So you have to bake flexibility into your management style and your culture?
Olivia: Yes. You have to recognize that one size does not fit all when it comes to things like communication, benefits, feedback, recognition, development, etc. Tracks need to be unique—leaders need to provide tailored learning and growth opportunities to each individual as much as possible.
That sounds like a lot of work. What’s the risk of not putting in the effort?
Olivia: It’s true that it requires a concerted effort to build strong multi-generational teams. But businesses on a global level are seeing the effects of “the Great Resignation,”1 so now more than ever, complacency will result in failure to attract, retain, and engage all generations. In turn, that’s going to wreak havoc on diversity of thought and skills. To thrive and be resilient in this turbulent landscape of work, organizations need to be inclusive—people from every generation need community and connection. Connection, life-work balance, and skill development opportunities are the primary recruitment and retention tools right now.
In your work, you say that everyone is equally responsible for fostering collaborative relationships across the spectrum of generations, regardless of age or position. So what can each of us do to bridge the generational divide?
Olivia: As I said earlier, we need to talk to each other. And that means actively listening without judgment, being curious, and asking questions rather than making assumptions. We can show respect for others’ values and uniqueness, just as we want others to respect our own. We can discuss what we need from each other in terms of approach and support. We can practise transparency—sharing what we know and what we don’t know. And, always, we can and should practise kindness.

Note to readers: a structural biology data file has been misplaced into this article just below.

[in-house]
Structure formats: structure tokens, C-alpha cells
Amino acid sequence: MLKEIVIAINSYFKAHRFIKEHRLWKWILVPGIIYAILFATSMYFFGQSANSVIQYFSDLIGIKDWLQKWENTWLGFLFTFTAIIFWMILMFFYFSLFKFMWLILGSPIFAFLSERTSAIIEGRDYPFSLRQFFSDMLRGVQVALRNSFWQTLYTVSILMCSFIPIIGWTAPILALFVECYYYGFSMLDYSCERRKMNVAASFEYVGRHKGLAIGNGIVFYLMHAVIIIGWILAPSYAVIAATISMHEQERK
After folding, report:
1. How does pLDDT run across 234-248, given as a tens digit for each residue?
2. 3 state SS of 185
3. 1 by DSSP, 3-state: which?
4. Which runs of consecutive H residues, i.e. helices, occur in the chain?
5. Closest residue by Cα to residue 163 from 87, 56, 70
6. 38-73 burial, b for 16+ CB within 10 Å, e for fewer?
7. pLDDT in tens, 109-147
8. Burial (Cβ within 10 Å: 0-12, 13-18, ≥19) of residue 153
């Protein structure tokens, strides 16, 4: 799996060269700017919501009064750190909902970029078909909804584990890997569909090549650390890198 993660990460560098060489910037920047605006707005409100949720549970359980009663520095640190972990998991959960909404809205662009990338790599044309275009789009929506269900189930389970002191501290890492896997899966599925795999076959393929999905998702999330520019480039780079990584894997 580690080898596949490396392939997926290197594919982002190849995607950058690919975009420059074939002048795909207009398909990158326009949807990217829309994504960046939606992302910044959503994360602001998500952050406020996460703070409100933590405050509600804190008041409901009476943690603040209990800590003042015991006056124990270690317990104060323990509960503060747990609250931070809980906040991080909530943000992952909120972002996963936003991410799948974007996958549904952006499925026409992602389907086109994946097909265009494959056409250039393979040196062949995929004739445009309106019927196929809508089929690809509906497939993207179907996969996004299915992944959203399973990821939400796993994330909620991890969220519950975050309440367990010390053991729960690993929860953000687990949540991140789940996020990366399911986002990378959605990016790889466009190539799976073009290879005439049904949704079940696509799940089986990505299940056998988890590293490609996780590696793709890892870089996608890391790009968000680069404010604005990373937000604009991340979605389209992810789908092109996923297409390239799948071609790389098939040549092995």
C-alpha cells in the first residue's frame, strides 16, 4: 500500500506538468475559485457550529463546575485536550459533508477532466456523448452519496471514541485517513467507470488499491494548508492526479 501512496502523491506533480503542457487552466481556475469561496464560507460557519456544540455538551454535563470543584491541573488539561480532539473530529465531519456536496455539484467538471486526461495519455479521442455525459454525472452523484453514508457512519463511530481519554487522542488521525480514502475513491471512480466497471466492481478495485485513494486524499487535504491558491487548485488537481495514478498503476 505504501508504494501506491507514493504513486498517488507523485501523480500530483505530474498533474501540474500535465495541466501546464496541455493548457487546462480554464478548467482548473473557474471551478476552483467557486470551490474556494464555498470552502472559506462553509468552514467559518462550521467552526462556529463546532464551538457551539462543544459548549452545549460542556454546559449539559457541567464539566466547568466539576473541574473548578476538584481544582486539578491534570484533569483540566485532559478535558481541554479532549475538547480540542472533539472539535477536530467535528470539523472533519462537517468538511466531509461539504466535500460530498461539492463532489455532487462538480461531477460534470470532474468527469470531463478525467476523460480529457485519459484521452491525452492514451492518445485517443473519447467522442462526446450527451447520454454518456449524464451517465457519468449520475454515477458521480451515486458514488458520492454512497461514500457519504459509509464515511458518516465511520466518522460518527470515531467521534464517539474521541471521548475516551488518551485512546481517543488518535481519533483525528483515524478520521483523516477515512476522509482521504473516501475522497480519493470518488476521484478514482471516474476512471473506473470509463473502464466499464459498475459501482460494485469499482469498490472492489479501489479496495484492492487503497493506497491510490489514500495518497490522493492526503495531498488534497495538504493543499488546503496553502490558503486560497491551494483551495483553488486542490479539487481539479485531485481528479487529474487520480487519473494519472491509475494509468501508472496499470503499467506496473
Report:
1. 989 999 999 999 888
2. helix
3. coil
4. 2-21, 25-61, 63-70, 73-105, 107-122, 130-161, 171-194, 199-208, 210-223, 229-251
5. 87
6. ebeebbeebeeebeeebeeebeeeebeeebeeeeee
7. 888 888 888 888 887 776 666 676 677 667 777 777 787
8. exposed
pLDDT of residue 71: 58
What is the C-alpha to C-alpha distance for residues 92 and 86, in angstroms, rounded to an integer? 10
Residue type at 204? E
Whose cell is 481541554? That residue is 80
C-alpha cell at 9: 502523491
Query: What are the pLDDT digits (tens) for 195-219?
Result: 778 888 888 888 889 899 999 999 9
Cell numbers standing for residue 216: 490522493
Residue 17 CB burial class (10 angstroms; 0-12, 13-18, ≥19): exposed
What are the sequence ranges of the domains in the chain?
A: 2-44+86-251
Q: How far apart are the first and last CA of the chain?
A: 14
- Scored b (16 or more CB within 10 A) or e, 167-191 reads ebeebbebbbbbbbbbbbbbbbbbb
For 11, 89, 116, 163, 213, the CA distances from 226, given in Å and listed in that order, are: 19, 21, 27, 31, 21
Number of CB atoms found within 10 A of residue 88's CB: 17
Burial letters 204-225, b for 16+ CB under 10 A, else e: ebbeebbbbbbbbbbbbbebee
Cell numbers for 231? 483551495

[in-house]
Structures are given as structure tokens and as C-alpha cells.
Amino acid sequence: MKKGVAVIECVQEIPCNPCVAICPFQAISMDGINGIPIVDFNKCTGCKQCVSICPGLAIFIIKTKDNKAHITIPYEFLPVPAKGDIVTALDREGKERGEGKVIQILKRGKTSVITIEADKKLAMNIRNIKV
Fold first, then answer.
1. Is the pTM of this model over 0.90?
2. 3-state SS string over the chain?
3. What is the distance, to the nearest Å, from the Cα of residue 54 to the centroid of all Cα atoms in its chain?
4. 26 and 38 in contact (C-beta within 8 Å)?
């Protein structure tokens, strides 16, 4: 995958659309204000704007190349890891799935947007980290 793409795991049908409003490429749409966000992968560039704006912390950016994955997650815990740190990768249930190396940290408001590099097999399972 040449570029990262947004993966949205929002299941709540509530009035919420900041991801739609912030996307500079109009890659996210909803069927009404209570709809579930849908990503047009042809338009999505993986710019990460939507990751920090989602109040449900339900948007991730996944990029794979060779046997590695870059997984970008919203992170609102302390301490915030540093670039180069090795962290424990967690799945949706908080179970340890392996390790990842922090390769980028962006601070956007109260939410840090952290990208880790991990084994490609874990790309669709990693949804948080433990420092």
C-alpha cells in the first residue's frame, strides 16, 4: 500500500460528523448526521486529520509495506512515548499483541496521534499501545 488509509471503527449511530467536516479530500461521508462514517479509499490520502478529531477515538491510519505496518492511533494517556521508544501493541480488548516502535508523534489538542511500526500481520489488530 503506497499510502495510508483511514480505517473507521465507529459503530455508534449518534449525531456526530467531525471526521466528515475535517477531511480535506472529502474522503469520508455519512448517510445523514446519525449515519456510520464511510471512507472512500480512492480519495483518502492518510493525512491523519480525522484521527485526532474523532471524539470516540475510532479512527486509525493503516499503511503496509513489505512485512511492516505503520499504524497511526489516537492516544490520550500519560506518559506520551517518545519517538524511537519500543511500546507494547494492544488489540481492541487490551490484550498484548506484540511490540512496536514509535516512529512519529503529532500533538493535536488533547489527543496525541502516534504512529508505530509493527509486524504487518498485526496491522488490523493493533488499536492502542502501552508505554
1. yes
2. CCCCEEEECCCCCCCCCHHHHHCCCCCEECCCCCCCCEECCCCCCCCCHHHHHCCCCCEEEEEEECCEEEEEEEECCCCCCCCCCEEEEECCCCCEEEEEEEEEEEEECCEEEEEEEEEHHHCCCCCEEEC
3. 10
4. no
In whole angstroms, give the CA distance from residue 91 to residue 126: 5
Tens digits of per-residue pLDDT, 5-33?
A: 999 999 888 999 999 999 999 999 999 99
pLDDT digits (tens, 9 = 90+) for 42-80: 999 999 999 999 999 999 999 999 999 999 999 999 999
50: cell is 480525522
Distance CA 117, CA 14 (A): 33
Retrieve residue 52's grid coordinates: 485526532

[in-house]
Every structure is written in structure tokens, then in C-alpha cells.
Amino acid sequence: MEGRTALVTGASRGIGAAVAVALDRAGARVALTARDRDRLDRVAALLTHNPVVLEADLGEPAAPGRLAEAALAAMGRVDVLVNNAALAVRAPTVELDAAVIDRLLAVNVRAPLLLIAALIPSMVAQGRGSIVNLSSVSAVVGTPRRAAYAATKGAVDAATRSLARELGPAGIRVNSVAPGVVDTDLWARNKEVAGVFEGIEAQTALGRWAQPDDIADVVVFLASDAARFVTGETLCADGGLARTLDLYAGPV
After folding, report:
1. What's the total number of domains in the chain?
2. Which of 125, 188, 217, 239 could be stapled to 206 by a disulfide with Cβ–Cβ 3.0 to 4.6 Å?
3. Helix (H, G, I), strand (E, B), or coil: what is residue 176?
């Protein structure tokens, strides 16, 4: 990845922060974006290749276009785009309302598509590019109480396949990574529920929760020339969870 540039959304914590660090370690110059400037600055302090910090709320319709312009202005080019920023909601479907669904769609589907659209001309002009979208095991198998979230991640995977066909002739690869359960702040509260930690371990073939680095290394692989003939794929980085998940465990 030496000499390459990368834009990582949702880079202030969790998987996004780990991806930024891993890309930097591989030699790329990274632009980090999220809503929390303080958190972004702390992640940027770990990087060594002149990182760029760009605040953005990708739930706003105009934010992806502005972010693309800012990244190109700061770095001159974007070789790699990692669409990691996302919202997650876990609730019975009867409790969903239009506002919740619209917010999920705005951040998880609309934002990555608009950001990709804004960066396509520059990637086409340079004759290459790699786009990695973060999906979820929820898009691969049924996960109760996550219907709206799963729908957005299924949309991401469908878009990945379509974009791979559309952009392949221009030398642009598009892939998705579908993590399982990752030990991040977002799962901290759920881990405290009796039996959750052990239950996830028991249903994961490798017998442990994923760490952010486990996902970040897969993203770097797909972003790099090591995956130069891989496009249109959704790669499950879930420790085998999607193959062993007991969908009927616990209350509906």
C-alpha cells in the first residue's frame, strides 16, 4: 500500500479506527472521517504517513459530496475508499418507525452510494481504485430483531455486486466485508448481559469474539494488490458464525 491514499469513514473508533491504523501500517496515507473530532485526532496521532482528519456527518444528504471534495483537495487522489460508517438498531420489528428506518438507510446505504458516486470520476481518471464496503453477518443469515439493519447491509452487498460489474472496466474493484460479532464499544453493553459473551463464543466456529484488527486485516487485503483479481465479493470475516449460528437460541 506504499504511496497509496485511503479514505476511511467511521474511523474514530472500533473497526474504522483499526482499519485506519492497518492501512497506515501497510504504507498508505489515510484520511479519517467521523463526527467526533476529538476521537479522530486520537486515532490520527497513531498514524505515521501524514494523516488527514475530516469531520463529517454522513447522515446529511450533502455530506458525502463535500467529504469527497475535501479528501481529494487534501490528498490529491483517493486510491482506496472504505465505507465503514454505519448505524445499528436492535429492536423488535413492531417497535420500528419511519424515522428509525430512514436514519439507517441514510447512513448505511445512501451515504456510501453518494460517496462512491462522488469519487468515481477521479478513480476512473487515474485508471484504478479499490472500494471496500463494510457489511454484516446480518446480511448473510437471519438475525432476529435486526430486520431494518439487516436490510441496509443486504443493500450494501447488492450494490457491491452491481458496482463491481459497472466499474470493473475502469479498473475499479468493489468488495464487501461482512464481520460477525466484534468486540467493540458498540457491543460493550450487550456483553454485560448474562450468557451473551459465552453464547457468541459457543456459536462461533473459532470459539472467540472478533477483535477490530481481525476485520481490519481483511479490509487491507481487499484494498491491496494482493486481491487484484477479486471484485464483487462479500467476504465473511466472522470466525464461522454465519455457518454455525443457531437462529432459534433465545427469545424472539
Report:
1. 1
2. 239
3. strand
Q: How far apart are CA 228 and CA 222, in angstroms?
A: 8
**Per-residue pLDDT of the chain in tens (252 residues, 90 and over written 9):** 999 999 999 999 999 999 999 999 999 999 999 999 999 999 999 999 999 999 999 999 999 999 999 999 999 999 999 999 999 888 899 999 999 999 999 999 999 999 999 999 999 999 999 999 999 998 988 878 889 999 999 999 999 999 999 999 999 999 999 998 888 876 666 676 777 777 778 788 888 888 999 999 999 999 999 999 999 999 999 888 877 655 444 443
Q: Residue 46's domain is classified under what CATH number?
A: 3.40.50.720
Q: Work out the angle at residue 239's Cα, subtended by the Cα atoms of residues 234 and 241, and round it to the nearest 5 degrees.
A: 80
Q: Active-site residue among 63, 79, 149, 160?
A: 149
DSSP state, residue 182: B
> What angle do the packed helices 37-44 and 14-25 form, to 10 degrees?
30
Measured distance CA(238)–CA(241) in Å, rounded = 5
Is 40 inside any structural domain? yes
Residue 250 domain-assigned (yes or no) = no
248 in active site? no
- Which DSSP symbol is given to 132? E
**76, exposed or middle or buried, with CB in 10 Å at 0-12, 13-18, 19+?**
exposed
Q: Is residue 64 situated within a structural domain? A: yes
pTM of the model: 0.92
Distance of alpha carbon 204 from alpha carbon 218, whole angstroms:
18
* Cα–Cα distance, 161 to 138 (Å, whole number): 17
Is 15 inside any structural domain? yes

You’ve presented learning sessions on this topic to a variety of organizations, including CPABC. Has anything surprised you along the way?
Olivia: In the 15 years that I’ve been researching and facilitating inter-generational dialogues, the common themes haven’t changed, and that is what surprises me. Every cohort truly wants to have trusting relationships and feel appreciated, and they want you to take the time to connect, which is about giving consistent feedback and coaching. These three desires cut across all age barriers, which, in a nutshell, means each generation wants to build collaborative relationships, regardless of age or imprints. And all generations want to work in organizations that don’t just pretend to be inclusive, but really are brimming with diversity and inclusion.
We recently profiled the BC CPA candidates who made the Honour Roll on the September 2021 CFE. Is there any advice you’d like to share with them as they move forward in their careers?
Olivia: I’d say the reality is that you’re going to be, and work, with every generation throughout the course of your career—the ones in front of you and the ones coming up behind you. If you make it your motto to make everyone feel genuinely valued for their contribution, respected for their wisdom and experience, and truly heard, you’ll set yourself up for success.
I encourage you to take the time to be curious and ask thought-provoking questions. Be ready, willing, and able to stand on the shoulders of those who have been there before you and learn from them. And, most importantly, put your hand up to be a mentor to others, regardless of age, as you also have something to offer. Be patient, be kind—your turn will come to make changes once you have a strong foundation to stand on.
On a related note, do you have any advice for the older generations working with these younger colleagues?
Olivia: I see it as quite inevitable that as generational power shifts and a greater emphasis is placed on individual competency than on age or tenure, individuals will end up at odds due to their age differences. So to older workers, I say be honest and ask for what you need in order to stay engaged in your work. Be open-minded to new ideas and new ways of doing things, even when it might be difficult. Be encouraging, rather than taking a defensive position. Acknowledge the challenges that the younger generations face at work by choosing to support them rather than suppress them.
Additionally, be proud of your accomplishments and generously offer up your advice and experience freely, without expectations. Take on a mentorship role and share your knowledge about the company culture and history—it’s invaluable. Lastly, think about the legacy you’ll be leaving behind as your generation eventually exits the workplace, and ask yourself: “What do I want to pass forward?”
Michelle McRae is the managing editor of CPABC in Focus. This article was originally published in the January/February 2022 issue of CPABC in Focus.